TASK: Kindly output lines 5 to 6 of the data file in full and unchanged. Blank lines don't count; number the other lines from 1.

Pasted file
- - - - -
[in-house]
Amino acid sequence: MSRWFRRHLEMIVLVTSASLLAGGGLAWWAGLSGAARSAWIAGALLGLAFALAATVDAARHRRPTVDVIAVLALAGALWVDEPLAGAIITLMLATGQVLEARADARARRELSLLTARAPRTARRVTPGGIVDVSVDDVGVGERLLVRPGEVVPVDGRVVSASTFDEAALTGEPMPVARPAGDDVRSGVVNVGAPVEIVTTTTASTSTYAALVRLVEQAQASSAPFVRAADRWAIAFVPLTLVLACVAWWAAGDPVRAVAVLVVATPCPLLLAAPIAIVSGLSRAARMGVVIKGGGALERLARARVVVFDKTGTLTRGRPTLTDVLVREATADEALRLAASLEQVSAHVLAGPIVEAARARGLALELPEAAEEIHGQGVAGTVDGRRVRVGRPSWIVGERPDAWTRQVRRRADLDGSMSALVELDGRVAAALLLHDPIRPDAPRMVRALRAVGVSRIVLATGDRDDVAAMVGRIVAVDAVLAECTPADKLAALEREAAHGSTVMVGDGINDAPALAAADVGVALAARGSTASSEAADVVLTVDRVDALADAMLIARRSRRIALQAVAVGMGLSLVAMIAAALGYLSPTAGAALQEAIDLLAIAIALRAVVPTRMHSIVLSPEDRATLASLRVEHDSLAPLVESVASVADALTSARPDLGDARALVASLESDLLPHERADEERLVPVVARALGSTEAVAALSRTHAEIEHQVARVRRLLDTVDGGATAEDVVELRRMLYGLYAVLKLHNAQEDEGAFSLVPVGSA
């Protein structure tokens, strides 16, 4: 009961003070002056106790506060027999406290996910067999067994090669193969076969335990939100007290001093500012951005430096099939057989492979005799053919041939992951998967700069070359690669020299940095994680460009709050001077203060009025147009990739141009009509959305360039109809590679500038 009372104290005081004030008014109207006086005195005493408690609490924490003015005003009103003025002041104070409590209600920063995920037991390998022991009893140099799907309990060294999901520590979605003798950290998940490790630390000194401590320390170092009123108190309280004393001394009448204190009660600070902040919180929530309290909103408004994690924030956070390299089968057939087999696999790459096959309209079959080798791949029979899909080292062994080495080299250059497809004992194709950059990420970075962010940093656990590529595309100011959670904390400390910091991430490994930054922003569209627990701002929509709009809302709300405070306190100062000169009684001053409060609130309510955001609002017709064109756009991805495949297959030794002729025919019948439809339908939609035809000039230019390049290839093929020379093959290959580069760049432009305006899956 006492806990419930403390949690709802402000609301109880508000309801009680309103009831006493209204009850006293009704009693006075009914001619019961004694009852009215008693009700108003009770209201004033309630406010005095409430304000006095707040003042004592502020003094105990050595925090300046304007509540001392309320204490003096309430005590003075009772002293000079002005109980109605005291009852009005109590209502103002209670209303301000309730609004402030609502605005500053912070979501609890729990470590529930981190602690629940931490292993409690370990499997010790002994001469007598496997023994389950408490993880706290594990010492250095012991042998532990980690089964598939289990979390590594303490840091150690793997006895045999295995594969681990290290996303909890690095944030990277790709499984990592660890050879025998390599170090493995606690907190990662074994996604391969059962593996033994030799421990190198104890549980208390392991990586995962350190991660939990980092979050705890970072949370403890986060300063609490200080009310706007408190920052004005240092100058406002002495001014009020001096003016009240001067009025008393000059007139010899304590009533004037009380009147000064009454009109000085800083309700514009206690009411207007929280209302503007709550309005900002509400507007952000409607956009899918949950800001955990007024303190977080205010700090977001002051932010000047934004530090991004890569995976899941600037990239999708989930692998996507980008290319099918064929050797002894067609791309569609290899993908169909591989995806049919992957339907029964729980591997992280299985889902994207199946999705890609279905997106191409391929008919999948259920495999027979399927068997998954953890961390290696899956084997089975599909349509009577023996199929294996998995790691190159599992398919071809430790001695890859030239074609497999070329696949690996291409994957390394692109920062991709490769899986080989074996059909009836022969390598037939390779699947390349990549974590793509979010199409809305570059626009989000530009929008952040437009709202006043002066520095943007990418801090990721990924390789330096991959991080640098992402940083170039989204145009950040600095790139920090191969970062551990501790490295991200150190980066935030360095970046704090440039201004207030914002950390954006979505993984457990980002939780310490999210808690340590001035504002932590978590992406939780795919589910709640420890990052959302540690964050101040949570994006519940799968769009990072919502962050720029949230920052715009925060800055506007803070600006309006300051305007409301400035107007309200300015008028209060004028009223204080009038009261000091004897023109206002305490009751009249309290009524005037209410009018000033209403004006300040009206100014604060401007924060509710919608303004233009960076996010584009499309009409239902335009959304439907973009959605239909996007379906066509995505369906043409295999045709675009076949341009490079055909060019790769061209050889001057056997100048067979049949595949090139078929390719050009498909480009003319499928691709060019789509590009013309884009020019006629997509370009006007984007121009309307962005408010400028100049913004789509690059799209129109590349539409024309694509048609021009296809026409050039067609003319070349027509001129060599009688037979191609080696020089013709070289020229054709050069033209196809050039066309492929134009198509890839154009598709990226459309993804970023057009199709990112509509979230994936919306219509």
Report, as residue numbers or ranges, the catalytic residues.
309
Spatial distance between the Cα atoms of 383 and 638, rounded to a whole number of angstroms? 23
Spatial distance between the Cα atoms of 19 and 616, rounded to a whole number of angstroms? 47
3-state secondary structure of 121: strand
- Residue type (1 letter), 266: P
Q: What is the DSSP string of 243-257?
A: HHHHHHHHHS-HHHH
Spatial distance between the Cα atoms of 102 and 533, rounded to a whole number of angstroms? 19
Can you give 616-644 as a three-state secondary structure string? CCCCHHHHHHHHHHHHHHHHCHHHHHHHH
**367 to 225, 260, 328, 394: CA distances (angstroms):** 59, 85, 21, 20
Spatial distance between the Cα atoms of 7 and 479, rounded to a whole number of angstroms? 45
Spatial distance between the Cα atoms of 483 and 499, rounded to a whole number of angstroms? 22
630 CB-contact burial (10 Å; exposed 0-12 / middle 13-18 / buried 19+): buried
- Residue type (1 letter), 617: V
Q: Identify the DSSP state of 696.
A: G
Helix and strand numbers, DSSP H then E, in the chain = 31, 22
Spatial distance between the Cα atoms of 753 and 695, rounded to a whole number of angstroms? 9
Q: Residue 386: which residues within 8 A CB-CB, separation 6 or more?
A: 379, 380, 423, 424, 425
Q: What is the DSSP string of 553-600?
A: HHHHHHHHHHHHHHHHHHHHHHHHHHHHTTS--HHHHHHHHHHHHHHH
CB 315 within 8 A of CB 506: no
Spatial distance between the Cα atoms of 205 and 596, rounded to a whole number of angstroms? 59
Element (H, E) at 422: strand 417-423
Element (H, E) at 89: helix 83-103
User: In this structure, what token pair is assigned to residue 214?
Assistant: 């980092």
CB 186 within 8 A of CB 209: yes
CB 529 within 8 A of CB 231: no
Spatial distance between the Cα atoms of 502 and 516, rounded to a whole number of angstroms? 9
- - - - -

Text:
309
Spatial distance between the Cα atoms of 383 and 638, rounded to a whole number of angstroms? 23